Academic journal article African American Review

Bayou Ballad

Academic journal article African American Review

Bayou Ballad

Article excerpt

Oh, have you heard, and it was not long ago, how they killed the sweetest singer of cajun zydeco?

Amedee Ardoin was brought to play a fais-do-do near Mamou. The summer's heat bore through the roof and walls of that wooden-tin dance hall. The waltzers and two-steppers did not notice through their whiskey eyes that the singer who had not moved from his seat before the crowd was soaked to the skin in sweat, was blinded by the salty water beading on his face.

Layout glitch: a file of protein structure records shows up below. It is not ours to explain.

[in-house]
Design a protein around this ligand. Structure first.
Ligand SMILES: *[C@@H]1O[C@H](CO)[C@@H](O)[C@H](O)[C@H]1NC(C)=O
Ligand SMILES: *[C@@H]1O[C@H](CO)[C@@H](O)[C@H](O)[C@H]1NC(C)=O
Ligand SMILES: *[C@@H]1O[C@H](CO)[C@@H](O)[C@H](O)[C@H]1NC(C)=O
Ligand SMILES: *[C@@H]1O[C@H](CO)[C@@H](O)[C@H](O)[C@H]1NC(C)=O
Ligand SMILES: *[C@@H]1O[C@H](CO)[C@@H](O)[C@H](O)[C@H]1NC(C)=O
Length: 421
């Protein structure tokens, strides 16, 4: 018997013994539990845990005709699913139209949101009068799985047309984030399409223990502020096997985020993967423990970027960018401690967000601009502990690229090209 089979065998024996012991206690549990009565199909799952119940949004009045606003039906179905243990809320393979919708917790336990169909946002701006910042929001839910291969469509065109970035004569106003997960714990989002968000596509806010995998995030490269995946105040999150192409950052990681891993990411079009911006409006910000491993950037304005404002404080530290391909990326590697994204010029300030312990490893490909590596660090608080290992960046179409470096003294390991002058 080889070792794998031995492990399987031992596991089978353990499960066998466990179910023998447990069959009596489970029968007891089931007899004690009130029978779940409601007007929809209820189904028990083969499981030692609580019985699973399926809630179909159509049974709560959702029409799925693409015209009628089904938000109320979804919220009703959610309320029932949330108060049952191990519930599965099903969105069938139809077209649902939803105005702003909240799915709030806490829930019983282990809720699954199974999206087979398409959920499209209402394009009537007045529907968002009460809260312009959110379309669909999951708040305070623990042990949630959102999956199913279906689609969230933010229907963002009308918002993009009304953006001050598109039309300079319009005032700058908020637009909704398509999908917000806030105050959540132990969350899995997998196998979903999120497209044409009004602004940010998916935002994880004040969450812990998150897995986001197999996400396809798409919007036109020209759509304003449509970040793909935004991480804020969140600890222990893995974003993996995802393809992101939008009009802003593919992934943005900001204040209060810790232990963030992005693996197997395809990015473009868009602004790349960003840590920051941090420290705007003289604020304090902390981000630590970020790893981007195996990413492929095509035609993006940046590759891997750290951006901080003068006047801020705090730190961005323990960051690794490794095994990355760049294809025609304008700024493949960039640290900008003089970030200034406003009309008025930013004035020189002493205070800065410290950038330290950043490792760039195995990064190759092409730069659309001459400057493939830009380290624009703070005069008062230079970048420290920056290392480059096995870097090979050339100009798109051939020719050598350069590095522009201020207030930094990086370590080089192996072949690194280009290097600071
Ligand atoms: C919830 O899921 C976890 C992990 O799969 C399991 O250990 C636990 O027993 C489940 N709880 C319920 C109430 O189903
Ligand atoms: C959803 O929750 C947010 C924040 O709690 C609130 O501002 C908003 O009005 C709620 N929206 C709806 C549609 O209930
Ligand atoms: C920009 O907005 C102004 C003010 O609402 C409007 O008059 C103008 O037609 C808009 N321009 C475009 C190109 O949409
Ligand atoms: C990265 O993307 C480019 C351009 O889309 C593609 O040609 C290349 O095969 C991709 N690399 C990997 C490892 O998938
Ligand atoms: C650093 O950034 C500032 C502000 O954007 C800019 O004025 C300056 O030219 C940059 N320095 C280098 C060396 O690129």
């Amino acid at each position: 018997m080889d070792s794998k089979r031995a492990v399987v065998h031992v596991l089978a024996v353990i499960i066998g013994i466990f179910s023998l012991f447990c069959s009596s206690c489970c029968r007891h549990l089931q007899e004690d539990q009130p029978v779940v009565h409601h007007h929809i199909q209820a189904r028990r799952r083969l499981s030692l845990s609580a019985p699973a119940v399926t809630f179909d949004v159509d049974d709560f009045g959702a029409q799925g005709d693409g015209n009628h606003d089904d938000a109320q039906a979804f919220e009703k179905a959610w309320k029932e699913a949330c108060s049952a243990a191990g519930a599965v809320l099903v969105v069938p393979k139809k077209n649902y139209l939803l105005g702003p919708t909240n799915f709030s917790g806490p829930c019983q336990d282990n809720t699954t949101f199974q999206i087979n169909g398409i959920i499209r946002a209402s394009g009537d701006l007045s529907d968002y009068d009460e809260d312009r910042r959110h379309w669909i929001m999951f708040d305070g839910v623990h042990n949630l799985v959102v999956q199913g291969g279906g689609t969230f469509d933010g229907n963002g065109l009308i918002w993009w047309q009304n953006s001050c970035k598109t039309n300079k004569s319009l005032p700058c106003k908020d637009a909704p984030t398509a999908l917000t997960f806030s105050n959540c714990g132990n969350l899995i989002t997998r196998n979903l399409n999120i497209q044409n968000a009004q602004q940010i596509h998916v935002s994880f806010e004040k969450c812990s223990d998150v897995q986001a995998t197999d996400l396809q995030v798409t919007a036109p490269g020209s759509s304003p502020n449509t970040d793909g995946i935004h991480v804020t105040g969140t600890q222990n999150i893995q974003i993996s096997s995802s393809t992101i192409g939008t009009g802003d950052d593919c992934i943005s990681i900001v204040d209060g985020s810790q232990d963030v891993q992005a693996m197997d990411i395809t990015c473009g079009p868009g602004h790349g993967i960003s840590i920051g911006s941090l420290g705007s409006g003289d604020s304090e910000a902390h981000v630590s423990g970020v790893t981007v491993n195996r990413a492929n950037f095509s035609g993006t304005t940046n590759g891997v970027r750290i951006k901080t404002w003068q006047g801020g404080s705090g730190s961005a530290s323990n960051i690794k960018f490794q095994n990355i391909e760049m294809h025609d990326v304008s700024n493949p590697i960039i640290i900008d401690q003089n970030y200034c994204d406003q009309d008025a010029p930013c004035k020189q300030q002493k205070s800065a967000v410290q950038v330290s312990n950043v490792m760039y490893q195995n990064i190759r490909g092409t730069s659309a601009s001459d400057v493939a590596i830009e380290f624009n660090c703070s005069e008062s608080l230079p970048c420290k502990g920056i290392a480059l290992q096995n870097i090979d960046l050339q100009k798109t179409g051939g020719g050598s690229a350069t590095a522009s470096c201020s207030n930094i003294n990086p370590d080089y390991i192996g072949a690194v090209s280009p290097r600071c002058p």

By and by, one dark joli blon did glance at this and of habit to others carelessly offered a white handkerchief to him as he smiled between songs. The fete went on with the gaiety of hees and haws, claps and howls as he chuned and soothed many a weary soul. But then, when it was over, when the moon shone high through the still, piney woods, rough white hands found his neck, fists of hate punched his head, his groin, his chest, pearlized boots kicked his breathless body on the ground. …

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